6 items from 2015
'Sleepless in Seattle': Meg Ryan 'Sleepless in Seattle' review: Meg Ryan and Tom Hanks in an affair to forget In Krzysztof Kieslowski's Three Colors: Red, the last installment of his "Three Colors" trilogy, the word "magic" is never bandied about. No need to. Magic is just about everywhere in that lyrical tale about love and fate. On the other hand, the word "magic" seems to crop up every other minute in writer-director Nora Ephron's Sleepless in Seattle. Ephron and fellow Oscar-nominated screenwriters Jeff Arch and David S. Ward (plus an uncredited Delia Ephron) were apparently trying to create screen magic through the power of suggestion. If you repeat it often enough... Following in the footsteps of Claude Lelouch's 1974 hit And Now My Love, with added touches borrowed from Leo McCarey's 1957 romance classic An Affair to Remember (itself a remake of McCarey's own 1939 Love Affair), Nora Ephron »
- Andre Soares
The thorny subject of German historical memory binds the characters in Barbet Schroeder’s “Amnesia,” a thoughtful, sensitive character study that reps a minor-key comeback for the veteran Swiss filmmaker, helming his first theatrical feature since the critically and commercially drubbed “Inju” in 2008. This low-budget passion project — a second career reboot of sorts, following the director’s acclaimed “Our Lady of the Assassins” in 2000 — also serves as a homecoming for Schroeder, returning him to the Ibiza location of his 1969 debut feature, the druggie classic “More,” and to a story inspired by events in the life of his own mother. The result is a leisurely paced, talky two-hander that always has its heart in the right place, even when its dramatic engines aren’t running at full blast. Older arthouse audiences of the “Woman in Gold” persuasion could take to this, despite the lack of marquee names.
Like Schroeder’s own mother, »
- Scott Foundas
Berenice Bejo will star in Belgian helmer Joachim Lafosse’s “L’economie d’un couple,” a contemporary drama that also stars Marthe Keller. Lafosse’s 2012 film “Our Children” played in Un Certain Regard at Cannes.
The dramedy centers on a middle-class couple with kids who separate and argue over who owns what. Their solution is to continue living under the same roof.
“This subject is so universal and so contemporary. In every society and social class, separations can reveal the worst in human beings and once love is over, money often becomes the crux of the battle,” said Sylvie Pialat, who produces the movie via Les Films du Worso, in co-production with Belgium’s Versus.
Shooting will start on June 8.
Laos’s latest film, “The White Knights,” will likely premiere at a fall festival.
- Elsa Keslassy
With the arrival of the lineup for this year's Cannes Film Festival it means we will slowly begin receiving information on more of the films that we weren't so familiar with before and the first has already. Below is the trailer for Barbet Schroeder's Amnesia, a new drama starring Marthe Keller, Max Riemelt, Bruno Ganz and Corinna Kirchhoff that will be playing among the Special Selections at this year's fest. Here's the synopsis courtesy of The Playlist: Ibiza, the early nineties, Jo is a twenty-five-year-old music composer. He has come over from Berlin and wants to be part of the nascent electronic music revolution, ideally by getting a job first as a DJ in the new nightclub on the island, Amnesia. Martha has been living alone in her house facing the sea for forty years. One night Jo knocks on her door. Her solitude intrigues him. They become friends »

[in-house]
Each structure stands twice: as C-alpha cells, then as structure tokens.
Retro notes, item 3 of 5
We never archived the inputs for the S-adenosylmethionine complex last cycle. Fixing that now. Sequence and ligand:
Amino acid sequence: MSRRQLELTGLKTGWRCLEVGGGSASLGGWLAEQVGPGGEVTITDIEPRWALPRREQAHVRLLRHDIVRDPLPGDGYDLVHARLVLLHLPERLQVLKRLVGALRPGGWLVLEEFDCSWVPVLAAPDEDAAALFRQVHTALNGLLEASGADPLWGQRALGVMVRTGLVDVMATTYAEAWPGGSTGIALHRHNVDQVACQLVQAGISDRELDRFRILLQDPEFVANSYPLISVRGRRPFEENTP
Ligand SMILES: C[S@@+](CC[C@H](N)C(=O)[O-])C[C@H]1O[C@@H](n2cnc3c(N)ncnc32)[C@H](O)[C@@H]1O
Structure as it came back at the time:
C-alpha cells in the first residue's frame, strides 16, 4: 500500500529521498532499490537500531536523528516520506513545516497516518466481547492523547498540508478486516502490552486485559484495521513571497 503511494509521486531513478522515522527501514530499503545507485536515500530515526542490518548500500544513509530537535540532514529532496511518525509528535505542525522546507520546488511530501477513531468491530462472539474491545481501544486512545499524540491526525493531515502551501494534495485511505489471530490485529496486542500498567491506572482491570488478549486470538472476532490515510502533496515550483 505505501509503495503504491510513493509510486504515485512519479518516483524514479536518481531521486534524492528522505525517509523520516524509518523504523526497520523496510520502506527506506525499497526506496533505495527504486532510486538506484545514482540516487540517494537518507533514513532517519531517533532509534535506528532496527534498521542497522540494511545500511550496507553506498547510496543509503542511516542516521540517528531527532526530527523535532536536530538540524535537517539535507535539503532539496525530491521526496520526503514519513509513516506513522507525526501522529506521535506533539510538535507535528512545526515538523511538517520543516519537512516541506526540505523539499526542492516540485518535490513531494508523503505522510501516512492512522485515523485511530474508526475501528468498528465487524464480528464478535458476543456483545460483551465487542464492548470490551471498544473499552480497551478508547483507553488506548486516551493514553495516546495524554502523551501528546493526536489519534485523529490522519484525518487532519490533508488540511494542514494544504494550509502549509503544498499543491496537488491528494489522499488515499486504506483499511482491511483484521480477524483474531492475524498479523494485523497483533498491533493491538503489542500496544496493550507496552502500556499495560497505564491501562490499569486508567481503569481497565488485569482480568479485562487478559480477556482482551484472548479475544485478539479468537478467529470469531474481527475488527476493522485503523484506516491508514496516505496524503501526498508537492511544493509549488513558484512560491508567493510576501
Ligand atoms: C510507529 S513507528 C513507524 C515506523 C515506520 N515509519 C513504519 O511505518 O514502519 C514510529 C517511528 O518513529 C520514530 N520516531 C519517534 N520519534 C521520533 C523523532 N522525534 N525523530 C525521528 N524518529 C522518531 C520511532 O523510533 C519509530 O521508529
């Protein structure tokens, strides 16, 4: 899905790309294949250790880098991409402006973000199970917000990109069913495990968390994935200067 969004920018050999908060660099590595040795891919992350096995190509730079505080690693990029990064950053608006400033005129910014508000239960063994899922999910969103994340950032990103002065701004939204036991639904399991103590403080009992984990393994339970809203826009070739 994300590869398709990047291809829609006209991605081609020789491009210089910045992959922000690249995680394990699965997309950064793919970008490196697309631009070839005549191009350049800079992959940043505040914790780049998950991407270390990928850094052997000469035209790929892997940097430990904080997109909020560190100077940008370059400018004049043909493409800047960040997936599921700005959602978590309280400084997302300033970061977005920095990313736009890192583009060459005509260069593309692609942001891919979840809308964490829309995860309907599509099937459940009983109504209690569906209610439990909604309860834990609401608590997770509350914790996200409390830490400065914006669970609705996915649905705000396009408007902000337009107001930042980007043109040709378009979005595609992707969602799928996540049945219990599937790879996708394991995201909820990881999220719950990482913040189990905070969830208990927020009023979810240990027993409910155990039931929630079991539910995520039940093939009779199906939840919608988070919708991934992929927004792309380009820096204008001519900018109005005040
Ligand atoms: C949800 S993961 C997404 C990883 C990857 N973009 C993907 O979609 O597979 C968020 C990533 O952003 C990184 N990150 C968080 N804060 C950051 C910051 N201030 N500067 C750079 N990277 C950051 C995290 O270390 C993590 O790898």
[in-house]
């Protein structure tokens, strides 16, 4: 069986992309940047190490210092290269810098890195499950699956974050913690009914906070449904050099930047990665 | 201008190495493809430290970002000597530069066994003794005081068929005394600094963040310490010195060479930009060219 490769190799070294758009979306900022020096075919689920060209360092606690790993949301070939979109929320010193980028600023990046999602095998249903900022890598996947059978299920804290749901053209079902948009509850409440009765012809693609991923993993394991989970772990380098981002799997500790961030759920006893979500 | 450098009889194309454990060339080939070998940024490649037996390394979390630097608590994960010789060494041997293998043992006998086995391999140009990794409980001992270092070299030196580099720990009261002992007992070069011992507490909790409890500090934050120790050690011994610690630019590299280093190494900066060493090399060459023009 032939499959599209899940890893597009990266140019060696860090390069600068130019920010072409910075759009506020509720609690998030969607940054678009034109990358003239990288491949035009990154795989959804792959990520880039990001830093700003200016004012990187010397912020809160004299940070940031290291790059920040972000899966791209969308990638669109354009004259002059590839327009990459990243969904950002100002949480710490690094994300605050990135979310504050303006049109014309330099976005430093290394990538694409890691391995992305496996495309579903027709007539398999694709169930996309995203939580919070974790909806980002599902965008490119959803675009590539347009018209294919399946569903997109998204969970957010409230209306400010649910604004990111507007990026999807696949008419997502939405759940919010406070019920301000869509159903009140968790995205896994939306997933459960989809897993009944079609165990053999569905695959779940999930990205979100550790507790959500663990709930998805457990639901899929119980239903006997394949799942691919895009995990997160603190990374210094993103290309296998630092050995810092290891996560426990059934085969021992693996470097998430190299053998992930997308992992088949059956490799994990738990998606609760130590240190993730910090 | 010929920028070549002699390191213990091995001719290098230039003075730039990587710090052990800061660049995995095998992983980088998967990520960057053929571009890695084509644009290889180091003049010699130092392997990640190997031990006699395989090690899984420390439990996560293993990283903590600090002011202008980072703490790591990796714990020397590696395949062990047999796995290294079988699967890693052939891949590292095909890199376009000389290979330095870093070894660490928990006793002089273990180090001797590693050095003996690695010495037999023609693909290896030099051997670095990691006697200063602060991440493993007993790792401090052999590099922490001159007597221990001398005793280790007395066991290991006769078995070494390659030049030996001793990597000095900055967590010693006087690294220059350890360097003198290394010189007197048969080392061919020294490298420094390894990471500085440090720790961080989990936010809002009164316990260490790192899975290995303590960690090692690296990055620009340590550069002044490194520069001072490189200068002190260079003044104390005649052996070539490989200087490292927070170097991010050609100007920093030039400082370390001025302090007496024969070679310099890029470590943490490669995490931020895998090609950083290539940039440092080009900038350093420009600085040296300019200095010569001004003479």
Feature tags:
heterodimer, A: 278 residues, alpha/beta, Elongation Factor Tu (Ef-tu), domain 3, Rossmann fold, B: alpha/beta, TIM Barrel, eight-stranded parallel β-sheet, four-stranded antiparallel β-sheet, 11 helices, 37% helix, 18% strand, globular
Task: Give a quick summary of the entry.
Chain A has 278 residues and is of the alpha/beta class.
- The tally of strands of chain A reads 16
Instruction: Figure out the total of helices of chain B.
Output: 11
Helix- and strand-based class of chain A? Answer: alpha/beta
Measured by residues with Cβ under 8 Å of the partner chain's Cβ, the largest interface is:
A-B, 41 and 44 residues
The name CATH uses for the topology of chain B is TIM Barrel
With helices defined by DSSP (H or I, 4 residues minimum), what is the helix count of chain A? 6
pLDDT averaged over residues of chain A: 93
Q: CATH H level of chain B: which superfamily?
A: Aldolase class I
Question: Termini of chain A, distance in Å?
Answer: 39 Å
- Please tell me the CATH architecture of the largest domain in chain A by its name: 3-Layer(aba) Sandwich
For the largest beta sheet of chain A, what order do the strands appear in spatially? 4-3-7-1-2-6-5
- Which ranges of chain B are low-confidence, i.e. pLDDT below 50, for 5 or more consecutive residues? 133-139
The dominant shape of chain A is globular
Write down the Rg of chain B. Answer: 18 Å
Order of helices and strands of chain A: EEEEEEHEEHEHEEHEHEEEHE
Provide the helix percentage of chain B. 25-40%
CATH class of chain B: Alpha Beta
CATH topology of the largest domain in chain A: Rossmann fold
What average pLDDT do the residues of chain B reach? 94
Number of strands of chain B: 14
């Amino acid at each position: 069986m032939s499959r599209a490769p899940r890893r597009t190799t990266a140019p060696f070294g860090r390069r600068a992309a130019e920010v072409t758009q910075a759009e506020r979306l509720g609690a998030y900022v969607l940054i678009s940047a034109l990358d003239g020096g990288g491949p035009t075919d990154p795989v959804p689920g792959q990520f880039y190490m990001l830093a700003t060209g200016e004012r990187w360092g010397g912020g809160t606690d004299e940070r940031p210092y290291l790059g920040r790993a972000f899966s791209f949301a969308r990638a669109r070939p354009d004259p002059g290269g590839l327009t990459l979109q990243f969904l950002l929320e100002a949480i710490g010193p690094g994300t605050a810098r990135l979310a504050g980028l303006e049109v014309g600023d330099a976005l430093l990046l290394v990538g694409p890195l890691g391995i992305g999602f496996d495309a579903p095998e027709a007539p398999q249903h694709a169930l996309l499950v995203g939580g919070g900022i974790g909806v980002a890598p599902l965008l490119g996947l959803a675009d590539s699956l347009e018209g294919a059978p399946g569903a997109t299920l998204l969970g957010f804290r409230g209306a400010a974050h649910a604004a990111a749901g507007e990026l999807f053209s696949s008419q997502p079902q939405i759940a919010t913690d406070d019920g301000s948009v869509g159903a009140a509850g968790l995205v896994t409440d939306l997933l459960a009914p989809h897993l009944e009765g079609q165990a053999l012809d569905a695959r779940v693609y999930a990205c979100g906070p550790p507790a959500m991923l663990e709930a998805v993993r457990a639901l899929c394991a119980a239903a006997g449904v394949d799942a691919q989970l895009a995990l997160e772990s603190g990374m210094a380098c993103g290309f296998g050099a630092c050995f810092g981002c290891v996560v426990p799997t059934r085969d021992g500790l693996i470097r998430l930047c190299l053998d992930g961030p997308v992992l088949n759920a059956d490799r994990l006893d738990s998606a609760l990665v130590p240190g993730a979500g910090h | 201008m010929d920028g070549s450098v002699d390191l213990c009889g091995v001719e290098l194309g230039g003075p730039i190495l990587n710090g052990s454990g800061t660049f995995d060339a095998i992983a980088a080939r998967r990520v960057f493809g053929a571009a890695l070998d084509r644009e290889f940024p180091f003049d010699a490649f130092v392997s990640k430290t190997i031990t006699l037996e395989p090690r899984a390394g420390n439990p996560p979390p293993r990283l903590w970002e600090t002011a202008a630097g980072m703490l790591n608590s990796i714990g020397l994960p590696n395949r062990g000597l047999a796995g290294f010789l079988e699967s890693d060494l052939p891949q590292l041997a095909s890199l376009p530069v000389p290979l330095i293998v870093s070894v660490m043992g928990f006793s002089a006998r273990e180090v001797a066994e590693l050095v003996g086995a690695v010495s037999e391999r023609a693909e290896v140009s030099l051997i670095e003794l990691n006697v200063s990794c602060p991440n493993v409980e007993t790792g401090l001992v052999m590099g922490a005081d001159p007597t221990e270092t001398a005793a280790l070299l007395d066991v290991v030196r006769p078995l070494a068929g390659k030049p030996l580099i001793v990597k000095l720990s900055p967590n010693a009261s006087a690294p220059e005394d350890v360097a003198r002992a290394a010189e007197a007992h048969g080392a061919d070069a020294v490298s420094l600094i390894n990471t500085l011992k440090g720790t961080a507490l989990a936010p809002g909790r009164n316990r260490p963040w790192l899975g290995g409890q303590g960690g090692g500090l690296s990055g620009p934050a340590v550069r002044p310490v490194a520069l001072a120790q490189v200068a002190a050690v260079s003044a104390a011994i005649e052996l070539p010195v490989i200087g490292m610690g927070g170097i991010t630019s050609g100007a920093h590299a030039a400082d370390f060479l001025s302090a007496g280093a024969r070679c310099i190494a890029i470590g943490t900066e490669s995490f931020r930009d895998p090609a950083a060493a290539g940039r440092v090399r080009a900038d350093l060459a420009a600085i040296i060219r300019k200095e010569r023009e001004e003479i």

- Brad Brevet
Well, the official Cannes Film Festival line-up is here, and it's a terrific slate for 2015, with lots of big name, international auteurs, but one you might forget as a familiar face on the Croisette is Barbet Schroeder. The Oscar nominated director ("Reversal Of Fortune") has been at Cannes twice previously, with "Barfly" in 1987 and "Terror's Advocate" in 2007. And now he's back with "Amnesia," which will get a Special Screening at the fest. The first trailer is here. Starring Marthe Keller, Max Riemelt, Bruno Ganz, and Corinna Kirchhoff, the movie tells the tale of the relationship that develops between a young man and an older woman, and the secrets from the past that surface. Here's the official synopsis: Ibiza, the early nineties, Jo is a twenty-five-year-old music composer. He has come over from Berlin and wants to be part of the nascent electronic music revolution, ideally by getting a job first »
- Kevin Jagernauth
Marc Allégret: From André Gide lover to Simone Simon mentor (photo: Marc Allégret) (See previous post: "Simone Simon Remembered: Sex Kitten and Femme Fatale.") Simone Simon became a film star following the international critical and financial success of the 1934 romantic drama Lac aux Dames, directed by her self-appointed mentor – and alleged lover – Marc Allégret. The son of an evangelical missionary, Marc Allégret (born on December 22, 1900, in Basel, Switzerland) was to have become a lawyer. At age 16, his life took a different path as a result of his romantic involvement – and elopement to London – with his mentor and later "adoptive uncle" André Gide (1947 Nobel Prize winner in Literature), more than 30 years his senior and married to Madeleine Rondeaux for more than two decades. In various forms – including a threesome with painter Théo Van Rysselberghe's daughter Elisabeth – the Allégret-Gide relationship remained steady until the late '20s and their trip to »
- Andre Soares
6 items from 2015
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